The judgment of the District Court is vacated. The case is remanded for further proceedings in accordance with this opinion.
PECK, Circuit Judge, concurring.
I concur in the majority opinion in this case, in which the record clearly establishes that having established a prima facie case the plaintiff-appellant could not procure and offer further essential evidence which was readily available to the defendant-appellee, thereby justifying a shifting of the burden of proof. I would fall short of holding, however, as the majority opinion appears to hold, that the burden of proof automatically shifts as a matter of law on the basis of judicial notice of circumstances pertaining to the essential evidence, e. g., the caloric content of a given diet. It seems to me that such a shift should be predicated upon a showing that the plaintiff has made some attempt to obtain the evidence without success, rather than upon judicial notice of that circumstance.
ENGEL, Circuit Judge, dissenting.
I respectfully dissent. The district court made certain findings which the majority opinion holds are not clearly erroneous. In my opinion these findings preclude our reaching a different result from that of the district court.
While the majority opinion carefully limits its scope and recognizes that the case is "not purely a 'one-meal a day' case," it seems to me that this is the only meaning which can be attached to the result. This is so because the district court specifically found that another prisoner similarly restricted had gained weight during the period, because the defendant had regular access to counsel during that period and never made a complaint, and because there was no proof that the food served was inadequate in its quality or in minimum quantity. Plaintiff claimed no compensatory damages.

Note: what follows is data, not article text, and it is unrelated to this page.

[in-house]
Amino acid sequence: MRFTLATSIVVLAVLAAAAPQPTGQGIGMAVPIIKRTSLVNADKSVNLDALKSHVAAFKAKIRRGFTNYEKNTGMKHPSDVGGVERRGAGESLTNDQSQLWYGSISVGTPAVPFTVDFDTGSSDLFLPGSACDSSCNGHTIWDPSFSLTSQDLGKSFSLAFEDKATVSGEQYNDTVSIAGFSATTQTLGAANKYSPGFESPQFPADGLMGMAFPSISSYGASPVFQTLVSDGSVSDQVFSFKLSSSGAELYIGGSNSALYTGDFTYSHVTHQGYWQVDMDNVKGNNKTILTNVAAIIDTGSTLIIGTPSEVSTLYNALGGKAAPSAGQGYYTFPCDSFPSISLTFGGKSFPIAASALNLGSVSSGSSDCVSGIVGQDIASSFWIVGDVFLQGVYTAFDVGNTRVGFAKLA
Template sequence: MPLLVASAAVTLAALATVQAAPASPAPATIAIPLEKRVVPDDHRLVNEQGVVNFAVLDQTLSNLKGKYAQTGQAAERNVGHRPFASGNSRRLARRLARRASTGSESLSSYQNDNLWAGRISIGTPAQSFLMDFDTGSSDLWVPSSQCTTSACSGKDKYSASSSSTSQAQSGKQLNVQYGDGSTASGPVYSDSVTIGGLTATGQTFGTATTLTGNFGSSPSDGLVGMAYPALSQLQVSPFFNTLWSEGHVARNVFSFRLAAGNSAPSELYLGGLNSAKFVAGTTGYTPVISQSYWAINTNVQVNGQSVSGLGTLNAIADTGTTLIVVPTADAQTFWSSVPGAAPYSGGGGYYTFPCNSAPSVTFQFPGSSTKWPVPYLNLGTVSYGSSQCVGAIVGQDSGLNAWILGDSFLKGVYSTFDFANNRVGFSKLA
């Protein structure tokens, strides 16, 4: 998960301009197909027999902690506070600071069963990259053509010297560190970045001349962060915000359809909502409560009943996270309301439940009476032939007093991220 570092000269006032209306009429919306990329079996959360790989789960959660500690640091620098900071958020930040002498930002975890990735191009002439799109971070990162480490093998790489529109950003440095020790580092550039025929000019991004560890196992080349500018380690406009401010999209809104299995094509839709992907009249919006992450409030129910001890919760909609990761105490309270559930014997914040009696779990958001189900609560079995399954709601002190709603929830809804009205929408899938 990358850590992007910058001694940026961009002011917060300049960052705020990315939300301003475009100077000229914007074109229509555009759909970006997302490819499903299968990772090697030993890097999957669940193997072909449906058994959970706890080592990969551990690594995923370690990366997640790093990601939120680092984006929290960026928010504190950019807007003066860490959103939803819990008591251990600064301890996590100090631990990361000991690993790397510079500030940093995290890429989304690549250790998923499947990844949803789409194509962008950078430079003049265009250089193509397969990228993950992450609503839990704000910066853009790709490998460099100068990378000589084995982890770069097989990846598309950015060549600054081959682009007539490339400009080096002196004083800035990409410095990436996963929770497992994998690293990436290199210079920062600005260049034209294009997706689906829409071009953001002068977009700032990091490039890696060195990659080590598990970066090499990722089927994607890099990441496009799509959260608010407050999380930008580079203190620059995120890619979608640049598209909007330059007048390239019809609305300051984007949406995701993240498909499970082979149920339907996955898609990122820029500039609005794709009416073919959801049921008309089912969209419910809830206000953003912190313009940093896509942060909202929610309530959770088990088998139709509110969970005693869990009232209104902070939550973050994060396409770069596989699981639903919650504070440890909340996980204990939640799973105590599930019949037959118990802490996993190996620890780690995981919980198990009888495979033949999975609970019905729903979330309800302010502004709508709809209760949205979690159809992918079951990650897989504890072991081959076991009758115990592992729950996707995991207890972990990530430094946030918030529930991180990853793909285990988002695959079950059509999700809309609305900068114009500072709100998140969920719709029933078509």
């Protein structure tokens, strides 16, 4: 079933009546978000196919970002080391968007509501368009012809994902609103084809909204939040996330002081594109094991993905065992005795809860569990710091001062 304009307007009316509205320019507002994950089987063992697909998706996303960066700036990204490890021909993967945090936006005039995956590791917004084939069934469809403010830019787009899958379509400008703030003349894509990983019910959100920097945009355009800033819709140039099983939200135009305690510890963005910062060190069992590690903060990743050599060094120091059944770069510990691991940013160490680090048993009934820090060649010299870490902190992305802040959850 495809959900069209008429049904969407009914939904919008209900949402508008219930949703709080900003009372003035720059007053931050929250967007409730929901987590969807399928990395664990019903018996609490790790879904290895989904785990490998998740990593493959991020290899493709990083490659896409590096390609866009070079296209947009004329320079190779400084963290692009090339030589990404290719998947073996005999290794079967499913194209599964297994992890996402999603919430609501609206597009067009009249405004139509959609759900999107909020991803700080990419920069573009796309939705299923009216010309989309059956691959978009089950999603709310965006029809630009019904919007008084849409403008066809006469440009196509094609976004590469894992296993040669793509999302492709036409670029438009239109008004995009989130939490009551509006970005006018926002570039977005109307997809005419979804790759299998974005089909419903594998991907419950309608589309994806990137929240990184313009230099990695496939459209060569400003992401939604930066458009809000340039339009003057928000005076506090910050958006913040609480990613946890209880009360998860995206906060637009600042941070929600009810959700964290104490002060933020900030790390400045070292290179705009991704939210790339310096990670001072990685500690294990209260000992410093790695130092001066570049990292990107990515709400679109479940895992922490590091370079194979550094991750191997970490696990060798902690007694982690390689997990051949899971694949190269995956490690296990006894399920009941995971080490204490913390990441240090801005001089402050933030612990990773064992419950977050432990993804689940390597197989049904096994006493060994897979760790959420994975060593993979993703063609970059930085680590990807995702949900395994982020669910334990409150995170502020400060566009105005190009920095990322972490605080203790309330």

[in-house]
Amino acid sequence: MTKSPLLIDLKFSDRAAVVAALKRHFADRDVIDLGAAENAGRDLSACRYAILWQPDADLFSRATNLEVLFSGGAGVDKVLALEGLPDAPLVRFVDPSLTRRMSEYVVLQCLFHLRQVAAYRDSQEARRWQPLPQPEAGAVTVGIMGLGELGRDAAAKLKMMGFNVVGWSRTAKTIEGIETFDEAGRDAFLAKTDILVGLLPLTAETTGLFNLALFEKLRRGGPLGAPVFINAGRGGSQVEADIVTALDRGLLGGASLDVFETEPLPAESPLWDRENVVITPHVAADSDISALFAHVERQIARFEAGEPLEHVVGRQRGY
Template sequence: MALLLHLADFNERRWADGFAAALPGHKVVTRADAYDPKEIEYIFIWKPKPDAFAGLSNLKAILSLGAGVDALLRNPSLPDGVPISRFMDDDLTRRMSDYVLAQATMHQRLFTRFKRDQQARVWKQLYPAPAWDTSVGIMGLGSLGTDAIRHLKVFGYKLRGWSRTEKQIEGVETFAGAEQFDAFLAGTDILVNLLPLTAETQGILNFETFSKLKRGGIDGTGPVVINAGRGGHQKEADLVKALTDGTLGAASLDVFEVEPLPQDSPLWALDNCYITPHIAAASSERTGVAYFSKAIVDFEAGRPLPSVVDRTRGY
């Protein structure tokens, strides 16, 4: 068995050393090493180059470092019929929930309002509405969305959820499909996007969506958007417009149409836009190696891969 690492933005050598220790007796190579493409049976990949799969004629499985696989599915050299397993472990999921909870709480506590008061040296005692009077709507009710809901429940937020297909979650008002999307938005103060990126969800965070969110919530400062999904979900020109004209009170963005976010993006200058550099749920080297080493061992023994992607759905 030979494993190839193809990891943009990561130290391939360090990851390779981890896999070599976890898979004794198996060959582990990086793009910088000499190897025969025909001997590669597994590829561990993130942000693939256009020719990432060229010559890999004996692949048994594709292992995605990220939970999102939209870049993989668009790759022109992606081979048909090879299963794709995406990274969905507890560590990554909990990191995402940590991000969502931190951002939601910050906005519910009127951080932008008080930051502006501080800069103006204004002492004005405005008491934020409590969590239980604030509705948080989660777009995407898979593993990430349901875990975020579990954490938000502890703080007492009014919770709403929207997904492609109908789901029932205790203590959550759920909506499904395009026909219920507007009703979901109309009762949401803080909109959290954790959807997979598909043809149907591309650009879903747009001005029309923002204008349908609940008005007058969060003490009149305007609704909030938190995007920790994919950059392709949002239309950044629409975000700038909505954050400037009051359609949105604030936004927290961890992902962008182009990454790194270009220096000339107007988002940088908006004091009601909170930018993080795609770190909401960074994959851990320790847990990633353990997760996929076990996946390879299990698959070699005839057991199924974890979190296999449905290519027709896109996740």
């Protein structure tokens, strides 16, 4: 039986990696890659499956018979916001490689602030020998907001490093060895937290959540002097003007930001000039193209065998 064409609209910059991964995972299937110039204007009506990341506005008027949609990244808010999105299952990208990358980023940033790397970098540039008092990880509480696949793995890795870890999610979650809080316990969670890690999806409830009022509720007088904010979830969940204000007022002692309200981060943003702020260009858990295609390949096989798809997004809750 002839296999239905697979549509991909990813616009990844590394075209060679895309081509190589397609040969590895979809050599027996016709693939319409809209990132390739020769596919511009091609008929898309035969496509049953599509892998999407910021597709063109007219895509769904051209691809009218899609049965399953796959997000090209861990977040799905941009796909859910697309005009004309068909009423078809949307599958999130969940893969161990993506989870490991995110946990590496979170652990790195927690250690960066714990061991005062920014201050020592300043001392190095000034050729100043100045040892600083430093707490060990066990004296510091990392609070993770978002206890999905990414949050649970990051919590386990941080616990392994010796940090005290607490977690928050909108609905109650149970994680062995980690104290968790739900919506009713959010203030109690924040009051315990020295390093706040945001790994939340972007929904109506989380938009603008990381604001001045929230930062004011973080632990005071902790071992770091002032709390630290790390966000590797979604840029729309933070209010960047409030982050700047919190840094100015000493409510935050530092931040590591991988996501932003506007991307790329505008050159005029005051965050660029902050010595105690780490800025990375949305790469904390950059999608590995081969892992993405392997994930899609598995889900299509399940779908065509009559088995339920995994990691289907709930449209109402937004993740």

In my opinion the trial court carefully and conscientiously handled the case and demonstrated a proper understanding of the applicable law. Its conclusion that the plaintiff had failed to prove a case of cruel and unusual punishment was within the range of the proofs. I would affirm.
Section 1983 provides:
Every person who, under color of any statute, ordinance, regulation, custom, or usage, of any State or Territory, subjects, or causes to be subjected, any citizen of the United States or other person within the jurisdiction thereof to the deprivation of any rights, privileges, or immunities secured by the Constitution and laws, shall be liable to the party injured in an action at law, suit in equity, or other proper proceeding for redress. 42 U.S.C. § 1983 (1970).
Kentucky law tolls the otherwise applicable statute of limitations during penal servitude. See Ky.Rev.Stat. § 413.310
The asserted involuntariness of Appellant's guilty plea is not at issue in this § 1983 action, and we make no comment thereon
Appellant and two fellow prisoners testified that they had been denied all food for four days after the attempted jailbreak and thereafter had been given no more than one meal a day for the 15 days of solitary confinement. One of the prisoners testified that he lost 27 pounds during the 15 days while, as the District Judge noted, another testified he had gained two pounds, although he was hungry